The Capitals are back at the scene of their Stanley Cup win Tuesday night, facing the Vegas Golden Knights. (John McDonnell/The Washington Post)

LAS VEGAS — The nostalgia tour started with Sunday night’s flight into McCarran International Airport, the bright Las Vegas Strip coming into focus on the descent. The Capitals could pick out the MGM Grand, where they’d partied into the next morning here six months ago. Then on the short trip to T-Mobile Arena on Monday morning, Coach Todd Reirden tried to remember his exact steps from the last time he was here, just in case there was some good luck left in that path.

As forward Andre Burakovsky walked past the bars and restaurants flanking the arena, he chuckled at how many had made special signs during the Stanley Cup finals, jokingly offering a cocktail in honor of Alex Ovechkin — a white Russian without the cup.

Visiting locker rooms tend to be stale — home teams don’t exactly want their opponent to feel too comfortable there — but the Capitals were excited to get back in T-Mobile Arena’s ahead of their game there on Tuesday night. Of all the memories from the team’s raucous Stanley Cup celebrations, the champagne- and beer-soaked start in the locker room right after Washington first got its hands on the trophy with a Game 5 win remains the most meaningful for players.

When asked about his memories from the room following the win, forward Brett Connolly rhetorically replied, “The dressing room we ruined?”

The last time they saw that room, it was as if a boozy monsoon had blown through to the tune of the Capitals singing “We Are The Champions.” As players first entered the room ahead of a practice at the rink Monday, some joked about who did what where.

“The first thing I was looking at was if they changed the floors or the ceiling in here,” Burakovsky said.

“It has some real flashbacky-type feeling to it,” defenseman John Carlson said. “It’s where a lot of us achieved our dreams for the first time, so plenty of good feelings in that sense. I guess you could say it’s a little funky just thinking about what was happening in here the last time we were walking through here.”

Taking the ice again felt special, too. Certain moments stick out to Connolly from the seconds and minutes after Washington’s bench emptied in unbridled joy, from how he and forward T.J. Oshie just screamed in each other’s faces to when his family came down from the stands to join him, his grandfather touching the Cup for the first time. For Carlson, it was the tradition of each player hoisting the trophy and skating a lap with it before passing it to another teammate. It made him reflect on center Jay Beagle and goaltender Braden Holtby, and how the three of them had worked their way up from the minors together.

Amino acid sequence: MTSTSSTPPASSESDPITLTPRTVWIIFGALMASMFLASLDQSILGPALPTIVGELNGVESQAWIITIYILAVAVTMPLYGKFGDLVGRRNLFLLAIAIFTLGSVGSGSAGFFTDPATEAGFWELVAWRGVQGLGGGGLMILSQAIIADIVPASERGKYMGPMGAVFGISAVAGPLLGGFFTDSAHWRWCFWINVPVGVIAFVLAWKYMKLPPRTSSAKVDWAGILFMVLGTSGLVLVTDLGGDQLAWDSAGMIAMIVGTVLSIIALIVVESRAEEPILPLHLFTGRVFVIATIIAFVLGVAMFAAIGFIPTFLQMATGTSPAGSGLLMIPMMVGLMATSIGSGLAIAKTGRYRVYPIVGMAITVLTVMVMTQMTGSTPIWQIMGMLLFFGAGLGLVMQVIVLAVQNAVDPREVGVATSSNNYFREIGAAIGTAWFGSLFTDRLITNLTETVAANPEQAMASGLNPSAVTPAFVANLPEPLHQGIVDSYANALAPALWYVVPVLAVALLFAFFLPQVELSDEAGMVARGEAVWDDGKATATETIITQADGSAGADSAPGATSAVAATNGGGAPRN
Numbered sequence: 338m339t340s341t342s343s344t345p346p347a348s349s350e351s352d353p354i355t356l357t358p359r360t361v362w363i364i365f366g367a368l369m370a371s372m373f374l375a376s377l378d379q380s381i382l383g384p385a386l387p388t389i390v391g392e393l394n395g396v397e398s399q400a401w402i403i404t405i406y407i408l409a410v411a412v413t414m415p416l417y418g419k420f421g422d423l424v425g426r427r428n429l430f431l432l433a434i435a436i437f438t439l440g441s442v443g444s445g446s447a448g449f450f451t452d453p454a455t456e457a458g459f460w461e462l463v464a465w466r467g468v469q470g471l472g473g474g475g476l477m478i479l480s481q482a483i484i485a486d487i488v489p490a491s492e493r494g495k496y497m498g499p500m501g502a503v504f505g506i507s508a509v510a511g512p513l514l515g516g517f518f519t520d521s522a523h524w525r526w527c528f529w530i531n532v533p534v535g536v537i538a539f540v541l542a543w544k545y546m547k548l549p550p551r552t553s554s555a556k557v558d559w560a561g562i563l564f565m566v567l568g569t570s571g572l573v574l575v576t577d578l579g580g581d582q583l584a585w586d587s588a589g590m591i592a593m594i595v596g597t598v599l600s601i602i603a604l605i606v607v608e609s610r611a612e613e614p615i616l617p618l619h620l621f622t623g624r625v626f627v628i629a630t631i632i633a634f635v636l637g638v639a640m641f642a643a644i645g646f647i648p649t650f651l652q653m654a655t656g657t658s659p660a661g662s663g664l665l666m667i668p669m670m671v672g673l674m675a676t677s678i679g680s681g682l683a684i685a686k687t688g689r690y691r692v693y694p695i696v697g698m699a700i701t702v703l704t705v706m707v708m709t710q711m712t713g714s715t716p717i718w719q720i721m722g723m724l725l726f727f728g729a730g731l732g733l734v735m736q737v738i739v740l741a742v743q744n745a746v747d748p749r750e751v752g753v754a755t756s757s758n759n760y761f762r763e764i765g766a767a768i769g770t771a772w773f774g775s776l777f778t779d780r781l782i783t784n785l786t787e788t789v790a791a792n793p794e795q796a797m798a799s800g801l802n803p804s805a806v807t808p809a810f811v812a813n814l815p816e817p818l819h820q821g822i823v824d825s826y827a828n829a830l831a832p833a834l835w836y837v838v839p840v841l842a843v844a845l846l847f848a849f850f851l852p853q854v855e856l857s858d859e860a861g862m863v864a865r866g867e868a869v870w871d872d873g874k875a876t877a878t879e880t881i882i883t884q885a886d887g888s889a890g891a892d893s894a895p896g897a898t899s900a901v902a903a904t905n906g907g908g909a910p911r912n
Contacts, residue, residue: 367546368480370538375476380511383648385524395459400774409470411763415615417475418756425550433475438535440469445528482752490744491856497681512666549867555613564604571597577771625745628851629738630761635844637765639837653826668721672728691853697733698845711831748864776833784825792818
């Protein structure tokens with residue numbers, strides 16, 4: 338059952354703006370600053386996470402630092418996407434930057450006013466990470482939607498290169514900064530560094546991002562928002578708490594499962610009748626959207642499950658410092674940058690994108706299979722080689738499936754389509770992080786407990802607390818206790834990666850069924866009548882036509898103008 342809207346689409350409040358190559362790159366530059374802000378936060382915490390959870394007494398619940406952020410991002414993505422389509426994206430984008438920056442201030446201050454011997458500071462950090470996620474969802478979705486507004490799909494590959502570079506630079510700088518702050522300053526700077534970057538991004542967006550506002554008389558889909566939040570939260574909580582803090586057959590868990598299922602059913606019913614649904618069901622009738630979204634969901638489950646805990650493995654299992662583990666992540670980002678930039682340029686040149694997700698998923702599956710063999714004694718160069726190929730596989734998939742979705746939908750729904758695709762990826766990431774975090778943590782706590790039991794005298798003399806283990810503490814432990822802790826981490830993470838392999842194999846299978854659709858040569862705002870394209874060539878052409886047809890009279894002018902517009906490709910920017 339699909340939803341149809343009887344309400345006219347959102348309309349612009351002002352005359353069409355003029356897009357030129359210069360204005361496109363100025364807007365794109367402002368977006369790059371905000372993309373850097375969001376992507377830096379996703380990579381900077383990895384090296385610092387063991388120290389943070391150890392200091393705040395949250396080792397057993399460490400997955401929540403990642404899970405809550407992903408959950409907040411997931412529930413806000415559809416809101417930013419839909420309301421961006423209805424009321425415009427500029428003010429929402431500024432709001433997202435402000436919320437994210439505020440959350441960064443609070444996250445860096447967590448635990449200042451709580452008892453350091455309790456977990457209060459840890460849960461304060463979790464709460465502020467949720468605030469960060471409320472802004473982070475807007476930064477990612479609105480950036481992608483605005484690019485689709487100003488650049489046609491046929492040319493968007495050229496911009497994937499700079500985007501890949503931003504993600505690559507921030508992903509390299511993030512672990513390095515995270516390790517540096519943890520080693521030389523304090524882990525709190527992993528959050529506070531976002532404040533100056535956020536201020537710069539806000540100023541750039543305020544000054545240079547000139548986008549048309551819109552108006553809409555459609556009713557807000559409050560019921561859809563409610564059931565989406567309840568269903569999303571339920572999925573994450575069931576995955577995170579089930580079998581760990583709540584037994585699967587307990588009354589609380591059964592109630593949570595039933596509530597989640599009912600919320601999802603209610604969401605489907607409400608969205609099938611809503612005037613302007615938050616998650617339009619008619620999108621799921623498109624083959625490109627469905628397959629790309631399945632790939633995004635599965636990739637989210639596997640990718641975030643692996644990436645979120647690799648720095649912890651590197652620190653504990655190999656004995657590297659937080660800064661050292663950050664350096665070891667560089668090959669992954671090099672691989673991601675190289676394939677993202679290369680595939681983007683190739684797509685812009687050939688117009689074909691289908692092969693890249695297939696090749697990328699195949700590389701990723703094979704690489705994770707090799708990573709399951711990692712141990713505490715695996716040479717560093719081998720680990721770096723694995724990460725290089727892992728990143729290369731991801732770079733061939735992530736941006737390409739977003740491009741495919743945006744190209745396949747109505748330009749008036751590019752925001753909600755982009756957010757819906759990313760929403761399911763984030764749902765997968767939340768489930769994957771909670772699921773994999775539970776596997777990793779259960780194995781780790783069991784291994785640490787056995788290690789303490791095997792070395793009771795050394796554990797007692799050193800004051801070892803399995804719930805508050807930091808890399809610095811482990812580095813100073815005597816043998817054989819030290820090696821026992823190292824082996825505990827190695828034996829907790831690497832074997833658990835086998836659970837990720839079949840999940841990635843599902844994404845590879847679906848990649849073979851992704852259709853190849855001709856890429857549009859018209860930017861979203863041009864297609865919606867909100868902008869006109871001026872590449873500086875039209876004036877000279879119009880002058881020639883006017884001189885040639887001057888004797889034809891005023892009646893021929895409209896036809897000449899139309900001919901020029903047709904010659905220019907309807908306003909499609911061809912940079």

“The tradition is pretty special in my mind where it gets passed along, starting with Ovi and then Nick, who have been here for so long," Carlson said. "Seeing them achieve that for the first time and be very deserving of it, and then when it goes down along the line, you realize how long you’ve been here and the guys that are passing it to me and the guys I’m passing it to. That’s just kind of a sobering moment.”

While the Capitals arrived in Las Vegas atop the Metropolitan Division standings after winning eight of their past 10 games, the long flight was tinged with some disappointment after the team squandered a four-goal lead in the second period to fall to the Anaheim Ducks on Sunday afternoon. Holtby said the blessing in disguise of that jarring loss, which snapped a seven-game win streak, is that it forces the team to remember the task at hand rather than get wrapped up in the past. Captain Alex Ovechkin echoed that: “Of course when you coming back, you’re going to have memories, you’re going to have smile on your face, but as soon as the game starts, it’s a different day.”

But as Sin City’s skyline came into view, any lingering frustration from Sunday’s loss was temporarily cast aside to make room for the good time the Capitals associate with this place. Players rarely left their hotel rooms during the Stanley Cup finals, but on Monday, some took a stroll around the Strip, exploring a place that’s already meant so much to them.

“We made something special in this city and in this very room,” Burakovsky said back in the now booze-free locker room. “I think this is a cool place to win the Cup in.”

Read more on the Capitals:

At 31, Capitals' Nicklas Backstrom bided his time for a career year

Tom Wilson is the most hated man in hockey. Can he change that?

T.J. Oshie making progress on concussion recovery but won’t travel with Capitals on road trip